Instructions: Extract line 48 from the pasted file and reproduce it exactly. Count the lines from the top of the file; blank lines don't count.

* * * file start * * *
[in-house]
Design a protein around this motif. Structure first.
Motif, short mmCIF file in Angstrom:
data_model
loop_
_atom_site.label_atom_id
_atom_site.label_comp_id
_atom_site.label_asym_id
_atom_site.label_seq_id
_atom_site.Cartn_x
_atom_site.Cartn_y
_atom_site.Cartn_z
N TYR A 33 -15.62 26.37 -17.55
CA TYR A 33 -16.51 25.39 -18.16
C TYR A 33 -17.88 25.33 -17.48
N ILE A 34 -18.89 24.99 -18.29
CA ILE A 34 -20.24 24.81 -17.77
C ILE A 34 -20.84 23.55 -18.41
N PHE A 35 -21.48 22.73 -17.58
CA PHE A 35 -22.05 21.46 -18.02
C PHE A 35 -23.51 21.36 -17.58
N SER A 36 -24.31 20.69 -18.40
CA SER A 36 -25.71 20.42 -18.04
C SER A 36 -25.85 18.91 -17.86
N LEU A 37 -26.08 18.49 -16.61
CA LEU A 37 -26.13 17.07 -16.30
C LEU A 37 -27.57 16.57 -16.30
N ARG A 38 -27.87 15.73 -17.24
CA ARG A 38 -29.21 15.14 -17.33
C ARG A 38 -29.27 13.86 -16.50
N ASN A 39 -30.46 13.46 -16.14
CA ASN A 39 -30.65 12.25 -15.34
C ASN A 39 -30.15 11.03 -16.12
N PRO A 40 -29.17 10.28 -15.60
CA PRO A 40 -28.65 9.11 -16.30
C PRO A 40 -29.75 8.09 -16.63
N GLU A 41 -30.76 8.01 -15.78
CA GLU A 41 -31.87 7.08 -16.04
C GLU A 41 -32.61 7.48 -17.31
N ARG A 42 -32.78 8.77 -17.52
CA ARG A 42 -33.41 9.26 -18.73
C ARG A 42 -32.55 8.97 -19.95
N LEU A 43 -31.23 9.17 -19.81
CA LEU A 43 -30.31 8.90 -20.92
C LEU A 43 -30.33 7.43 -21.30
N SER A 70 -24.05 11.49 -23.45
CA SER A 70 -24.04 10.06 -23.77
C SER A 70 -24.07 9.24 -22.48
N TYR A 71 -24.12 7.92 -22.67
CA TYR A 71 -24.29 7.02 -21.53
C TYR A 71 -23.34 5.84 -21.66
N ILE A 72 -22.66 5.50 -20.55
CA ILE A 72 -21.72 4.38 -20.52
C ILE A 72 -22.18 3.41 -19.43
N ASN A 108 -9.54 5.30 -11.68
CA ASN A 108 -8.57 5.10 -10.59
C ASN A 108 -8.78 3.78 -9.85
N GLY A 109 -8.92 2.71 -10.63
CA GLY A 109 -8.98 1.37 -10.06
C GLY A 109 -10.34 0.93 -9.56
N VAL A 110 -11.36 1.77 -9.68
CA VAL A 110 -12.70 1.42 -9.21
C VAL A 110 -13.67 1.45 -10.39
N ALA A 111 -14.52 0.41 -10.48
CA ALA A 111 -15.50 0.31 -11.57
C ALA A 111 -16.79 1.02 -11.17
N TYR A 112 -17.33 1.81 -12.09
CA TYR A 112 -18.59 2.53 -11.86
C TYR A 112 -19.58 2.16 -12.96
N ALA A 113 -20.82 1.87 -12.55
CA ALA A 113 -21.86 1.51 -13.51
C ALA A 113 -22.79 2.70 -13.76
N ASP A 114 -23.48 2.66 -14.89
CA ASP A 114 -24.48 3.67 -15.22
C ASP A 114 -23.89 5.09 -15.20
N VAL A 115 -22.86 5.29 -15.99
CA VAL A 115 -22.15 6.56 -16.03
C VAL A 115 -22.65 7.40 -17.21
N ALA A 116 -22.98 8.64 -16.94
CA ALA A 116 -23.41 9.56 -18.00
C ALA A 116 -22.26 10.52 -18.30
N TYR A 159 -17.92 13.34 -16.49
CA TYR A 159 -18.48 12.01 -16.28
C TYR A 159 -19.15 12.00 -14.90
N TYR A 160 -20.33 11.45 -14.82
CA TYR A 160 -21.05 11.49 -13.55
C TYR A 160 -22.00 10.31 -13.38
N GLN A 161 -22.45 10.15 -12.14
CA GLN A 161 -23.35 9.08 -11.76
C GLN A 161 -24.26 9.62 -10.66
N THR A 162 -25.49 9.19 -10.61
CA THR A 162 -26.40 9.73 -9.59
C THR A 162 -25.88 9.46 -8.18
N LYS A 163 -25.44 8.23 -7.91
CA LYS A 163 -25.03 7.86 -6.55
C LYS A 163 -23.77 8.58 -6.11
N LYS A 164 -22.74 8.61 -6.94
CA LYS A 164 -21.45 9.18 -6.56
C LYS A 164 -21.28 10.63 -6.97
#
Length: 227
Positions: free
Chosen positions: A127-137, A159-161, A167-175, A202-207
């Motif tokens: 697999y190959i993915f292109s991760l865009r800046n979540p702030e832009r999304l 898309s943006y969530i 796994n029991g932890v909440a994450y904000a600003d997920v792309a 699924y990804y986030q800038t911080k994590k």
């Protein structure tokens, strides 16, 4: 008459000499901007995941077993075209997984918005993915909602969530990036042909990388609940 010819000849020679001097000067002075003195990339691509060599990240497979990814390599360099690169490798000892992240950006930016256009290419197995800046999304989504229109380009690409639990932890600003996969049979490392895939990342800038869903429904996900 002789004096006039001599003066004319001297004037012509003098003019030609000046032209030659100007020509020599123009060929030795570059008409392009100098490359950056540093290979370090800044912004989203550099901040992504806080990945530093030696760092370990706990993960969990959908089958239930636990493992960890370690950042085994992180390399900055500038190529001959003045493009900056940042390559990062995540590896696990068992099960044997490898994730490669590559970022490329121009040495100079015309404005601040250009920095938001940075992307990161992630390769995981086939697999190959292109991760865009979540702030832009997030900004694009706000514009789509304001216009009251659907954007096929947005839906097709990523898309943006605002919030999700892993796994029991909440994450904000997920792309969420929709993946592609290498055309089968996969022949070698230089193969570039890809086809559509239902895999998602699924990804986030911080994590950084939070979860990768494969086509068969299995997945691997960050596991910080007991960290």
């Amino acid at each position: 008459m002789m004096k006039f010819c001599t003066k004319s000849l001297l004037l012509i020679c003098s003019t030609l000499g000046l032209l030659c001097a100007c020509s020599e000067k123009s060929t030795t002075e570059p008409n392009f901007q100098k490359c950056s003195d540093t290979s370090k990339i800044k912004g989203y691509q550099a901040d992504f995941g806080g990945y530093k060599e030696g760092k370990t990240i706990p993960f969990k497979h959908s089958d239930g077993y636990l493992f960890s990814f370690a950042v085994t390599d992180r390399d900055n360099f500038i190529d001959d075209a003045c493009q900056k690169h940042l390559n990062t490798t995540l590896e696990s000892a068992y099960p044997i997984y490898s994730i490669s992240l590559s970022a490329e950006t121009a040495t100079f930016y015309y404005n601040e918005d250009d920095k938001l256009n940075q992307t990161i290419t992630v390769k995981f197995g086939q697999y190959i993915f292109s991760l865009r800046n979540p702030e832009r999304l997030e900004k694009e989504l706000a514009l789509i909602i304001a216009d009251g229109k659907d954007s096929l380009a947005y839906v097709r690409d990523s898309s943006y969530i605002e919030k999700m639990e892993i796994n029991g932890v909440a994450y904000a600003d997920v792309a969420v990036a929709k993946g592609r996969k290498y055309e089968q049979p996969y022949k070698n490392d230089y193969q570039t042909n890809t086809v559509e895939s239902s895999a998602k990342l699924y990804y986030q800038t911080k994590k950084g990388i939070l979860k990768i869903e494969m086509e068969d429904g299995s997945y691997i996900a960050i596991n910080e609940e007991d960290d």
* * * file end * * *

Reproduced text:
C SER A 70 -24.07 9.24 -22.48